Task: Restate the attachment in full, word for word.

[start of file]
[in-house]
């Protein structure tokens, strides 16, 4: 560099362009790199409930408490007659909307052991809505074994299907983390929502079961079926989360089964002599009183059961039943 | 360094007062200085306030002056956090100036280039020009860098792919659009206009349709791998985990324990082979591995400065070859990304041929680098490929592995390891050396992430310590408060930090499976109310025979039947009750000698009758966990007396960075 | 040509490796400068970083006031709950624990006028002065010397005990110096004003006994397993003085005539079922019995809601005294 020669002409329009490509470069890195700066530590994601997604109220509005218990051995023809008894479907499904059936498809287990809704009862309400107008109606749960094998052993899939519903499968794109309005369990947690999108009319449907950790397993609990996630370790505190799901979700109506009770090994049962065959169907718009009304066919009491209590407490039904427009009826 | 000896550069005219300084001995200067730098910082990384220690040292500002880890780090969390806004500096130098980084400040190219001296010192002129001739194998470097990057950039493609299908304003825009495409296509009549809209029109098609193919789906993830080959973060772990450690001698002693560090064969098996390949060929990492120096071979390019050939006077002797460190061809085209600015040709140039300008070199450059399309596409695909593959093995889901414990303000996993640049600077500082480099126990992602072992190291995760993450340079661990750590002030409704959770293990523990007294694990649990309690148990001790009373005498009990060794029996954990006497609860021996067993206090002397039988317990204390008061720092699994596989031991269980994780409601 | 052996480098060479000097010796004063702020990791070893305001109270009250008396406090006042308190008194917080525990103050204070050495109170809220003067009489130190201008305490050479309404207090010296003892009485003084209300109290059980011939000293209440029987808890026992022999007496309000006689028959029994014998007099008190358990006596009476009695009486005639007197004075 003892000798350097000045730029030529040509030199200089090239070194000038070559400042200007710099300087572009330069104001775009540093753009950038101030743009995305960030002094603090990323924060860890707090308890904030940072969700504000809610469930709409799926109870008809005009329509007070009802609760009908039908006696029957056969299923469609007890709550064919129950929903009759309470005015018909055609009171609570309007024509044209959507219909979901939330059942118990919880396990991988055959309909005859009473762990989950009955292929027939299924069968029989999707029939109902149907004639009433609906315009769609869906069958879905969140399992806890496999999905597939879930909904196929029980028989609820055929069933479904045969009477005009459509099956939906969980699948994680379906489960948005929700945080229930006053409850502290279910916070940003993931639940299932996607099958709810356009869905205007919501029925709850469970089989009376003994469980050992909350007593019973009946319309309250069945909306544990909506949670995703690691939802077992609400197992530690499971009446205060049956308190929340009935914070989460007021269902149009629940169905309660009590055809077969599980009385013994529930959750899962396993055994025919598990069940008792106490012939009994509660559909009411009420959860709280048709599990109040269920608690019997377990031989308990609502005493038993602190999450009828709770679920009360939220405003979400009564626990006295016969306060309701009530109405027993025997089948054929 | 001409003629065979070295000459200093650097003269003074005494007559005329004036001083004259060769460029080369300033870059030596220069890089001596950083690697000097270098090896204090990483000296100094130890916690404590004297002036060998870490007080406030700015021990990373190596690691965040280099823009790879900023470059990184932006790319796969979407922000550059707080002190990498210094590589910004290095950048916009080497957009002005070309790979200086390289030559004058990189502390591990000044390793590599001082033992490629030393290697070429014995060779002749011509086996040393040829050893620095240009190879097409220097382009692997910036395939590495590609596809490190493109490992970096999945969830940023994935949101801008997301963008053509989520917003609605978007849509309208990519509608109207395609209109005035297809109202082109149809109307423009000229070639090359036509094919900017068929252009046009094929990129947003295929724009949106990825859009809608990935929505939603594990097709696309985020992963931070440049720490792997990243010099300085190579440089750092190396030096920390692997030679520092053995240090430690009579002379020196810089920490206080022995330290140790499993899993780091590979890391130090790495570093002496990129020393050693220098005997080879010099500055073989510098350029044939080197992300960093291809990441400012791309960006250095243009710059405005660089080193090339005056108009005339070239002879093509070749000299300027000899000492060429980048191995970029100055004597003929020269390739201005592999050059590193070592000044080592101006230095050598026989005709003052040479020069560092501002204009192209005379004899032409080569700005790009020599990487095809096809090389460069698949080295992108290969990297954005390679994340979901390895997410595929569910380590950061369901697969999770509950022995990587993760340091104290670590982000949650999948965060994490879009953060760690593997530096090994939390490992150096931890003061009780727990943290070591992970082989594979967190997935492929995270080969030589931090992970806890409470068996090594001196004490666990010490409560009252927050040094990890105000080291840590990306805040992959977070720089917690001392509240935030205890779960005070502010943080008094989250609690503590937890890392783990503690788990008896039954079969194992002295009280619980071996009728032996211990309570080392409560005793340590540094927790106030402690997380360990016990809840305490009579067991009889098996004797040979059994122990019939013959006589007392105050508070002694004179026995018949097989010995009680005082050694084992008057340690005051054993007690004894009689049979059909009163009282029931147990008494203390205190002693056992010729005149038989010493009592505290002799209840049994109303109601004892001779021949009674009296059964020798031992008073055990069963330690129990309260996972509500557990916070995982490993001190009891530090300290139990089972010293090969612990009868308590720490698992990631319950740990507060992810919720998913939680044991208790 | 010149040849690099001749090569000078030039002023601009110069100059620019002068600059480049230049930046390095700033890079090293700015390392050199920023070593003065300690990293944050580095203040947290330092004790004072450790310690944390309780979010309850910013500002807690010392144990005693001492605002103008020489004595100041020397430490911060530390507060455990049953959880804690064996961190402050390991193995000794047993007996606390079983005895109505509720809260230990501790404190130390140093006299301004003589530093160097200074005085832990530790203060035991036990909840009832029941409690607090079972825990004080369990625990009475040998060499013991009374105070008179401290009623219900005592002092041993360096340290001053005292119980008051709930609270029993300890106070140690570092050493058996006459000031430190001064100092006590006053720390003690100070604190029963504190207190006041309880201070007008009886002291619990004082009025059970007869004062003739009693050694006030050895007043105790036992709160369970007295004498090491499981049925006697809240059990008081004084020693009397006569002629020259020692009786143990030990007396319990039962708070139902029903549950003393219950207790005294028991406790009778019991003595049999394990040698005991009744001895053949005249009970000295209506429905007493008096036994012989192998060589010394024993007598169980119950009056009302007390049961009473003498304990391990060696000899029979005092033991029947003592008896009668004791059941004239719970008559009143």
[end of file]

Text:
[in-house]
């Protein structure tokens, strides 16, 4: 560099362009790199409930408490007659909307052991809505074994299907983390929502079961079926989360089964002599009183059961039943 | 360094007062200085306030002056956090100036280039020009860098792919659009206009349709791998985990324990082979591995400065070859990304041929680098490929592995390891050396992430310590408060930090499976109310025979039947009750000698009758966990007396960075 | 040509490796400068970083006031709950624990006028002065010397005990110096004003006994397993003085005539079922019995809601005294 020669002409329009490509470069890195700066530590994601997604109220509005218990051995023809008894479907499904059936498809287990809704009862309400107008109606749960094998052993899939519903499968794109309005369990947690999108009319449907950790397993609990996630370790505190799901979700109506009770090994049962065959169907718009009304066919009491209590407490039904427009009826 | 000896550069005219300084001995200067730098910082990384220690040292500002880890780090969390806004500096130098980084400040190219001296010192002129001739194998470097990057950039493609299908304003825009495409296509009549809209029109098609193919789906993830080959973060772990450690001698002693560090064969098996390949060929990492120096071979390019050939006077002797460190061809085209600015040709140039300008070199450059399309596409695909593959093995889901414990303000996993640049600077500082480099126990992602072992190291995760993450340079661990750590002030409704959770293990523990007294694990649990309690148990001790009373005498009990060794029996954990006497609860021996067993206090002397039988317990204390008061720092699994596989031991269980994780409601 | 052996480098060479000097010796004063702020990791070893305001109270009250008396406090006042308190008194917080525990103050204070050495109170809220003067009489130190201008305490050479309404207090010296003892009485003084209300109290059980011939000293209440029987808890026992022999007496309000006689028959029994014998007099008190358990006596009476009695009486005639007197004075 003892000798350097000045730029030529040509030199200089090239070194000038070559400042200007710099300087572009330069104001775009540093753009950038101030743009995305960030002094603090990323924060860890707090308890904030940072969700504000809610469930709409799926109870008809005009329509007070009802609760009908039908006696029957056969299923469609007890709550064919129950929903009759309470005015018909055609009171609570309007024509044209959507219909979901939330059942118990919880396990991988055959309909005859009473762990989950009955292929027939299924069968029989999707029939109902149907004639009433609906315009769609869906069958879905969140399992806890496999999905597939879930909904196929029980028989609820055929069933479904045969009477005009459509099956939906969980699948994680379906489960948005929700945080229930006053409850502290279910916070940003993931639940299932996607099958709810356009869905205007919501029925709850469970089989009376003994469980050992909350007593019973009946319309309250069945909306544990909506949670995703690691939802077992609400197992530690499971009446205060049956308190929340009935914070989460007021269902149009629940169905309660009590055809077969599980009385013994529930959750899962396993055994025919598990069940008792106490012939009994509660559909009411009420959860709280048709599990109040269920608690019997377990031989308990609502005493038993602190999450009828709770679920009360939220405003979400009564626990006295016969306060309701009530109405027993025997089948054929 | 001409003629065979070295000459200093650097003269003074005494007559005329004036001083004259060769460029080369300033870059030596220069890089001596950083690697000097270098090896204090990483000296100094130890916690404590004297002036060998870490007080406030700015021990990373190596690691965040280099823009790879900023470059990184932006790319796969979407922000550059707080002190990498210094590589910004290095950048916009080497957009002005070309790979200086390289030559004058990189502390591990000044390793590599001082033992490629030393290697070429014995060779002749011509086996040393040829050893620095240009190879097409220097382009692997910036395939590495590609596809490190493109490992970096999945969830940023994935949101801008997301963008053509989520917003609605978007849509309208990519509608109207395609209109005035297809109202082109149809109307423009000229070639090359036509094919900017068929252009046009094929990129947003295929724009949106990825859009809608990935929505939603594990097709696309985020992963931070440049720490792997990243010099300085190579440089750092190396030096920390692997030679520092053995240090430690009579002379020196810089920490206080022995330290140790499993899993780091590979890391130090790495570093002496990129020393050693220098005997080879010099500055073989510098350029044939080197992300960093291809990441400012791309960006250095243009710059405005660089080193090339005056108009005339070239002879093509070749000299300027000899000492060429980048191995970029100055004597003929020269390739201005592999050059590193070592000044080592101006230095050598026989005709003052040479020069560092501002204009192209005379004899032409080569700005790009020599990487095809096809090389460069698949080295992108290969990297954005390679994340979901390895997410595929569910380590950061369901697969999770509950022995990587993760340091104290670590982000949650999948965060994490879009953060760690593997530096090994939390490992150096931890003061009780727990943290070591992970082989594979967190997935492929995270080969030589931090992970806890409470068996090594001196004490666990010490409560009252927050040094990890105000080291840590990306805040992959977070720089917690001392509240935030205890779960005070502010943080008094989250609690503590937890890392783990503690788990008896039954079969194992002295009280619980071996009728032996211990309570080392409560005793340590540094927790106030402690997380360990016990809840305490009579067991009889098996004797040979059994122990019939013959006589007392105050508070002694004179026995018949097989010995009680005082050694084992008057340690005051054993007690004894009689049979059909009163009282029931147990008494203390205190002693056992010729005149038989010493009592505290002799209840049994109303109601004892001779021949009674009296059964020798031992008073055990069963330690129990309260996972509500557990916070995982490993001190009891530090300290139990089972010293090969612990009868308590720490698992990631319950740990507060992810919720998913939680044991208790 | 010149040849690099001749090569000078030039002023601009110069100059620019002068600059480049230049930046390095700033890079090293700015390392050199920023070593003065300690990293944050580095203040947290330092004790004072450790310690944390309780979010309850910013500002807690010392144990005693001492605002103008020489004595100041020397430490911060530390507060455990049953959880804690064996961190402050390991193995000794047993007996606390079983005895109505509720809260230990501790404190130390140093006299301004003589530093160097200074005085832990530790203060035991036990909840009832029941409690607090079972825990004080369990625990009475040998060499013991009374105070008179401290009623219900005592002092041993360096340290001053005292119980008051709930609270029993300890106070140690570092050493058996006459000031430190001064100092006590006053720390003690100070604190029963504190207190006041309880201070007008009886002291619990004082009025059970007869004062003739009693050694006030050895007043105790036992709160369970007295004498090491499981049925006697809240059990008081004084020693009397006569002629020259020692009786143990030990007396319990039962708070139902029903549950003393219950207790005294028991406790009778019991003595049999394990040698005991009744001895053949005249009970000295209506429905007493008096036994012989192998060589010394024993007598169980119950009056009302007390049961009473003498304990391990060696000899029979005092033991029947003592008896009668004791059941004239719970008559009143």